With that in mind, panelists at the May 15 FSMA workshop at United Fresh 2013 strongly urged attendees to file comments with the Food and Drug Administration before the Sept. 16 deadline.
“Once it’s final it will take an act of Congress to change,” said panelist Walter Ram, vice president of food safety for The Giumarra Cos., Los Angeles.
“We have a lot of work to do between now and then,” Ram said.
“Don’t think that your input isn’t important. There is power in numbers,” he said.
FDA’s expanded recall powers; records access; requirements for soil, equipment and water testing; animal controls and worker sanitation will affect the entire supply chain.
“It will rock our world,” Ram said.
One provision of the law that will have a big impact with little upside for the industry is the preventive controls rule, which is stricter than the act’s produce safety rule.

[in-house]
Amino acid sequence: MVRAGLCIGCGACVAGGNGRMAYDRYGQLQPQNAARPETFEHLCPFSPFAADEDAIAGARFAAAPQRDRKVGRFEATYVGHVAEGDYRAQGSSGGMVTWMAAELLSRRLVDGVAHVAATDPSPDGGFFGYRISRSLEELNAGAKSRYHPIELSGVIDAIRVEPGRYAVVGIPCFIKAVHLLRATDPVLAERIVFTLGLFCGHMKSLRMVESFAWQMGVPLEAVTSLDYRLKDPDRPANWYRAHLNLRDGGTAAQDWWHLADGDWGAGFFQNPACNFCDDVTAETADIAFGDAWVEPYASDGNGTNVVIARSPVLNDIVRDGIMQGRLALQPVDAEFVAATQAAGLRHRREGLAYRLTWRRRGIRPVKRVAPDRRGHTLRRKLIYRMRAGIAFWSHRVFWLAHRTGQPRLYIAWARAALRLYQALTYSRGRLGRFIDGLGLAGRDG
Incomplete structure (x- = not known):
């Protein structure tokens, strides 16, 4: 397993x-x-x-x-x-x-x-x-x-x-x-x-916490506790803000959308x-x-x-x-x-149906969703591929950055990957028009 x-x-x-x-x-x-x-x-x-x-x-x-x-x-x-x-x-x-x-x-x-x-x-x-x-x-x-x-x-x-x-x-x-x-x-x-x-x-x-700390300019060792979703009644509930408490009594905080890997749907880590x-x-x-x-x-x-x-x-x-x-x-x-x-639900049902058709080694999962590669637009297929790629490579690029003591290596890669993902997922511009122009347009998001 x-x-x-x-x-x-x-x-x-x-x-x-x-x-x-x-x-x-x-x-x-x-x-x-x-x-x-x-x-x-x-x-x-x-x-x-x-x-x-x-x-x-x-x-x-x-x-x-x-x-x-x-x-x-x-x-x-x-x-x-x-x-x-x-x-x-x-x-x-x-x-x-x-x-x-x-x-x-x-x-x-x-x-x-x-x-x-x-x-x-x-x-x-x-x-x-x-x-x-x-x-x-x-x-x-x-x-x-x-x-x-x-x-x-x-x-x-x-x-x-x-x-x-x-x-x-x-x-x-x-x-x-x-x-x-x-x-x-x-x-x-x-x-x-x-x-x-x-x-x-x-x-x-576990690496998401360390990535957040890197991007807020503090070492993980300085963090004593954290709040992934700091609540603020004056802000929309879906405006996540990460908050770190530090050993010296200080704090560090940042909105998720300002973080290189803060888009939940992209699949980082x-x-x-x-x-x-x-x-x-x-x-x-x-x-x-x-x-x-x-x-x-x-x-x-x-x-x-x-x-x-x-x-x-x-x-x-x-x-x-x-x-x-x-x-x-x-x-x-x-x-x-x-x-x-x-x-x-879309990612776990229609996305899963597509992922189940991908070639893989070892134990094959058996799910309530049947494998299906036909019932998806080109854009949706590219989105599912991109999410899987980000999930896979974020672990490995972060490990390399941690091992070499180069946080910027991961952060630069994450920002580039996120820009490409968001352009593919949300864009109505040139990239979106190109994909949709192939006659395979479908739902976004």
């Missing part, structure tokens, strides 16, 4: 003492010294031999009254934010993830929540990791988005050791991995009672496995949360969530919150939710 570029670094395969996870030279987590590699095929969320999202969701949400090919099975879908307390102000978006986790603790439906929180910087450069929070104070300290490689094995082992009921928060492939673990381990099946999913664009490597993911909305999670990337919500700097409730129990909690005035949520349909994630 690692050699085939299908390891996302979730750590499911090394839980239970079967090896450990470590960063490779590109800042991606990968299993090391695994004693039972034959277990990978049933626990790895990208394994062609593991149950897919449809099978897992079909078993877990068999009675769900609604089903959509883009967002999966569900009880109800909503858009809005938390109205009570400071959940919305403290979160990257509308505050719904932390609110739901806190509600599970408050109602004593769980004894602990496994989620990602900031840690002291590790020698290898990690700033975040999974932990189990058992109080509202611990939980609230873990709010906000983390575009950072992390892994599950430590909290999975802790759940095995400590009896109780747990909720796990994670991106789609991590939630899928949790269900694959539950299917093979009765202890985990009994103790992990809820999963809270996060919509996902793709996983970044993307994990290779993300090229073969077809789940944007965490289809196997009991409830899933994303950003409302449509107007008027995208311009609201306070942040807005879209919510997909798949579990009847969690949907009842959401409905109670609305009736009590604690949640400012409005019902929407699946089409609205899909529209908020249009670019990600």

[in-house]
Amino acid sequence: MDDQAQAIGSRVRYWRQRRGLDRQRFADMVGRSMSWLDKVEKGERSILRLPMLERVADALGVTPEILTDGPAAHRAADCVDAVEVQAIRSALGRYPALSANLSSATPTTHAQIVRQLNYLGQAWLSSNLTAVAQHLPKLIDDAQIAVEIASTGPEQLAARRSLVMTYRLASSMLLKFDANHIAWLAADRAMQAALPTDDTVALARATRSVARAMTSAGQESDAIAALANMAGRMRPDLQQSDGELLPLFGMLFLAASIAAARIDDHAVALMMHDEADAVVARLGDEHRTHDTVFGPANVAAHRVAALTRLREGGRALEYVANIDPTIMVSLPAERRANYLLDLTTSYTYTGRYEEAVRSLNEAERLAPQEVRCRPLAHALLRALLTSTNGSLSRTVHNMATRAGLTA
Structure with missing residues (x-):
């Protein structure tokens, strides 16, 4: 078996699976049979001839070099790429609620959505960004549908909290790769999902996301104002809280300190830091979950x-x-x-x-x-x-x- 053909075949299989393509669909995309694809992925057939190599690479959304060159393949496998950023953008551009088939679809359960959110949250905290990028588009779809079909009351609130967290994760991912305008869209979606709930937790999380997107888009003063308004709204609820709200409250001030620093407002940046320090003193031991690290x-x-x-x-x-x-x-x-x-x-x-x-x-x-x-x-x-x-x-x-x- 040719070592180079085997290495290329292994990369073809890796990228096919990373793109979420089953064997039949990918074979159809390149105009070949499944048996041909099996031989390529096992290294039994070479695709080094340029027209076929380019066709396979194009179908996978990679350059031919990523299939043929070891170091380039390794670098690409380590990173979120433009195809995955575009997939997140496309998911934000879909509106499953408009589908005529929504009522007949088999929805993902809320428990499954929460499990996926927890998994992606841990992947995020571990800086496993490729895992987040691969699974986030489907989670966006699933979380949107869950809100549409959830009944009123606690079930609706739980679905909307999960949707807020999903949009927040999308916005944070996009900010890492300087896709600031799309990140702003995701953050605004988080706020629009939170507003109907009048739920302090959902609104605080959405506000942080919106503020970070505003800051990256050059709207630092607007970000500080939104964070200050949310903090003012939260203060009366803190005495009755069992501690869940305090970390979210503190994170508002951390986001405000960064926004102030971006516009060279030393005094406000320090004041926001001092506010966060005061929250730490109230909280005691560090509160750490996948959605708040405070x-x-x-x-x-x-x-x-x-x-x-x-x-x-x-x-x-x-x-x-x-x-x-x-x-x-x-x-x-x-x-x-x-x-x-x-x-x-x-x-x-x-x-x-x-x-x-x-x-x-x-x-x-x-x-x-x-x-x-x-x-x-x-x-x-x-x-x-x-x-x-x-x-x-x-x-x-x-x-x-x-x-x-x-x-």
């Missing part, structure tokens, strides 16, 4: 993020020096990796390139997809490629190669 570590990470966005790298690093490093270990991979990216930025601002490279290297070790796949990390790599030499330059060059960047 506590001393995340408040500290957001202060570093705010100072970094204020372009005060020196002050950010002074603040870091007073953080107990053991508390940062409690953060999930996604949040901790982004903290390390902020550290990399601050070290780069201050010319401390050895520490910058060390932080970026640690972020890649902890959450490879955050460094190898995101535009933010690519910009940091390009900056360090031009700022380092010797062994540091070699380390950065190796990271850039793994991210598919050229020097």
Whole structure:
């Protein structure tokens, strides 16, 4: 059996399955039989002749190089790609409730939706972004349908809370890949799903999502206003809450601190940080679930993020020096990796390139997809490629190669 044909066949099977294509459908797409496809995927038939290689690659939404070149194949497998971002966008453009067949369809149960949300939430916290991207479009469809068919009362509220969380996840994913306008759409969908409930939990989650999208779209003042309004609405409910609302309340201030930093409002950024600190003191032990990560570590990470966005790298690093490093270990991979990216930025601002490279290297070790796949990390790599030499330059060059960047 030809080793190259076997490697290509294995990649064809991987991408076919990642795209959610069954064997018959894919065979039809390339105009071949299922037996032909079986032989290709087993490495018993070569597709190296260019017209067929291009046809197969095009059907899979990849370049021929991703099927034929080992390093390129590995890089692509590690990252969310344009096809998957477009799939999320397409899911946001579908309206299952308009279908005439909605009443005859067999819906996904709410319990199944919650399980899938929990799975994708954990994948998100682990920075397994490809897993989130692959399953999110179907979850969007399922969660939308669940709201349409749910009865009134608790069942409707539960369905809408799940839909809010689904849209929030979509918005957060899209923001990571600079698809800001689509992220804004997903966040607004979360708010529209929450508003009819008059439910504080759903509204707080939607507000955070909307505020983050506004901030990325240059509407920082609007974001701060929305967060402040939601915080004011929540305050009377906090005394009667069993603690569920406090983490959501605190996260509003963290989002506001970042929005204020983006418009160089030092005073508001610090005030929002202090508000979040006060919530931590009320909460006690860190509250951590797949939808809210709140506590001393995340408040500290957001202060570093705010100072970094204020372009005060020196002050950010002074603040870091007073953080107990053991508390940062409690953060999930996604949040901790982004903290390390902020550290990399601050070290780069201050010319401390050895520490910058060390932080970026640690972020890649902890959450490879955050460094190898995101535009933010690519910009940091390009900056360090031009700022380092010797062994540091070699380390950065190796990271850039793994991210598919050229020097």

The preventive controls rule was crafted for all food processing, and aspects of it fail to address produce-specific needs, Ram said.
If a packing operation handles another grower’s product, under FSMA it would be considered a processor and subject to the preventive controls rule’s mandatory micro-testing, FDA registration and supplier approval provisions.
“It makes no sense,” said panelist Bob Elliott, director of food safety at Sunkist Growers.
Elliott also mentioned FDA import rules that lack a funding mechanism, which importers fear could lead to inspection fees.
When making a comment to the FDA, Ram suggested to not just point out problems with FSMA but to recommend alternatives and talk about aspects of the current proposal that are good.
“FDA got a lot right,” he said.